Screening for the early detection of disease, the need for evidence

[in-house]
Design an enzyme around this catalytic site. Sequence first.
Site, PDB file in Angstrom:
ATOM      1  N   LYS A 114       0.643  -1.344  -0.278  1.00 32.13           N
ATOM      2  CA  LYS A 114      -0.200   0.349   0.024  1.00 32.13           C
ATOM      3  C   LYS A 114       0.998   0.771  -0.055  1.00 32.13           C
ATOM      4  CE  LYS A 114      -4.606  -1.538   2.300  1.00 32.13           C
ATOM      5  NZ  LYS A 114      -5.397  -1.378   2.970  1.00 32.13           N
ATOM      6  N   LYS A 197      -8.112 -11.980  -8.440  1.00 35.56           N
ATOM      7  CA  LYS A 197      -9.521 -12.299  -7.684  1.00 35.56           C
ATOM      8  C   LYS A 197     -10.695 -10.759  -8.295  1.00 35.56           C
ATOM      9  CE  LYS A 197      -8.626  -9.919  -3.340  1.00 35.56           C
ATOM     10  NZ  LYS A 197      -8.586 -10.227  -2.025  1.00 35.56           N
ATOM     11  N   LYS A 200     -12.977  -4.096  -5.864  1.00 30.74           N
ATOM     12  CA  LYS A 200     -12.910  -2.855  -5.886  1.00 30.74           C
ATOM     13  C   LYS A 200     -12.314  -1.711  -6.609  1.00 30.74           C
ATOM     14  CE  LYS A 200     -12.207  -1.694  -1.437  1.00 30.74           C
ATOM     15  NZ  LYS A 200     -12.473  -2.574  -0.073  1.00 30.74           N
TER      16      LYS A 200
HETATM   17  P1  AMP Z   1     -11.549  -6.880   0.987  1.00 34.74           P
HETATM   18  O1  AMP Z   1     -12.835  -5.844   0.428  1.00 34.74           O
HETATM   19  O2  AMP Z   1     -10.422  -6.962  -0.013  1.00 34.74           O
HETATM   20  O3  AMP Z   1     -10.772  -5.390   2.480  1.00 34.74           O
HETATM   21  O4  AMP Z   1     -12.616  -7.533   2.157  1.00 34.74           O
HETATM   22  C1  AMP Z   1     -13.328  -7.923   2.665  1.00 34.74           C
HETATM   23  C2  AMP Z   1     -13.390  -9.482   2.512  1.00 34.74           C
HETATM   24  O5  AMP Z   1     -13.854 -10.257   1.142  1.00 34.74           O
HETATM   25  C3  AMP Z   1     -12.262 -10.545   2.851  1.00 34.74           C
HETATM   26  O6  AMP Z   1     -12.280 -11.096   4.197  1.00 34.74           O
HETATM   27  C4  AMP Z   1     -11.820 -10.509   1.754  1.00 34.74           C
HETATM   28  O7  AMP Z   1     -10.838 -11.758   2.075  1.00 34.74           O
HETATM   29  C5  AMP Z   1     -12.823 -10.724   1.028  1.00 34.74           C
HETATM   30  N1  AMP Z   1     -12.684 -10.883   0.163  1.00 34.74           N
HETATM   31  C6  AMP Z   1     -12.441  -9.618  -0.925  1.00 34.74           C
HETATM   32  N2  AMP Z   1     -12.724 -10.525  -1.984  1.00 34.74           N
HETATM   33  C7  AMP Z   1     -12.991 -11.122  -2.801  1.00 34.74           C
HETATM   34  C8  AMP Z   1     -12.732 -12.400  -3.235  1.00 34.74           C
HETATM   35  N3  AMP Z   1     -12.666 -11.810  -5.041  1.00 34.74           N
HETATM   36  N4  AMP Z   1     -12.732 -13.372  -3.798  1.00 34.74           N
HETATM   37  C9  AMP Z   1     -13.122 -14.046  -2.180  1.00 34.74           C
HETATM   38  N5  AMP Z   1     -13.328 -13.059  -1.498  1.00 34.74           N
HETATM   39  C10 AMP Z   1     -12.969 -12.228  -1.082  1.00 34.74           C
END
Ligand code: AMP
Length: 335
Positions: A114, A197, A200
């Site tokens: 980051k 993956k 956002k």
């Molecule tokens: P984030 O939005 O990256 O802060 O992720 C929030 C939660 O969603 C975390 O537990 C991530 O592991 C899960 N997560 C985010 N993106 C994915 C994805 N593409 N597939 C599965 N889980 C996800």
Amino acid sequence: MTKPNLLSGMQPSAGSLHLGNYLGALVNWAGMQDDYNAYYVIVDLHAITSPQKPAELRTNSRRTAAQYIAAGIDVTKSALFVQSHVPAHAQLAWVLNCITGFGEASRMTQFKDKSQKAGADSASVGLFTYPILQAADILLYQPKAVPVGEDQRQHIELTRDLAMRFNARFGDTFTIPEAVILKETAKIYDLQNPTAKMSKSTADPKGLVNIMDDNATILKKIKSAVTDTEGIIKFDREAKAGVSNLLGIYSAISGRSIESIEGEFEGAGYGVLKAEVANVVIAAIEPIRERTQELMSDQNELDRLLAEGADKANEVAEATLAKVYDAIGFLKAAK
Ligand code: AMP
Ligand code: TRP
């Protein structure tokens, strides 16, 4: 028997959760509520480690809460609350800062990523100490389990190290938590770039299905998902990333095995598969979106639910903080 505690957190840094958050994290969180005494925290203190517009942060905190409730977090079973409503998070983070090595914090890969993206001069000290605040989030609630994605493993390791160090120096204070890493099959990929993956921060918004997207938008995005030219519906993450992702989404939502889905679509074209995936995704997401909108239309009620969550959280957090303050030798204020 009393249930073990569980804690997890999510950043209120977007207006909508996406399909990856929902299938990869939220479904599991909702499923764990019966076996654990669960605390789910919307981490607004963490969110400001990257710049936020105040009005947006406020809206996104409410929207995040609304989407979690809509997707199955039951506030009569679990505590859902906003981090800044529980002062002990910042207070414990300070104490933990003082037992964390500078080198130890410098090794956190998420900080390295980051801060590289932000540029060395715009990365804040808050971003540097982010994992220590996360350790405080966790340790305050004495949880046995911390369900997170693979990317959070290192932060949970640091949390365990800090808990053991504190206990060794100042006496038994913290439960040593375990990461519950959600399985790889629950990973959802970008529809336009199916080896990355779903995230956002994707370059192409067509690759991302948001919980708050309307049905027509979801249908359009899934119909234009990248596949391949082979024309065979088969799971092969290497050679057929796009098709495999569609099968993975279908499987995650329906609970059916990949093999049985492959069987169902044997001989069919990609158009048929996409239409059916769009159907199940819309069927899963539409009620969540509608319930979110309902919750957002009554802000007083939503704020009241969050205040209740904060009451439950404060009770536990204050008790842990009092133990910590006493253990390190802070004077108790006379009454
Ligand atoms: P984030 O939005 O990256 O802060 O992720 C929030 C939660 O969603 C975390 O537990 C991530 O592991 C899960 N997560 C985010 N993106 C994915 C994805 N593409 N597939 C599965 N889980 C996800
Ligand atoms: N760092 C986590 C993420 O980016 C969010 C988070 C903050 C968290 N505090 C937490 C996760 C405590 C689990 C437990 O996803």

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BACKGROUND: Screening for the early detection of disease has had a spotted history. Structured approaches to the process of gathering and evaluating evidence, with the emphasis on well-controlled randomized studies, have greatly improved the beneficial potential of appropriate and effective screening. Good quality evidence will contribute to quality health care. ISSUES: The volunteer participants in screening programs must give fully informed consent. This means that they must be presented with clear and accurate statements of the advantages and disadvantages of the screening program. Among the screening programs that have been conducted include hyperhomocysteinemia and coronary artery disease, Down's syndrome, Neonatal Group B streptococcal disease, Type 2 diabetes mellitus and endometrial cancer. The evidence in these studies has strengths and weaknesses as to how they support or oppose a particular intervention. The laboratory has a major role to play in establishing and validating standards of accuracy for diagnostic tests. Agreement on standards and their application does not mean the end of different interpretation and controversy. CONCLUSIONS: Laboratory physicians and scientists will be very effective consultants if they have the best available, high quality evidence for the appropriate use of laboratory tests.
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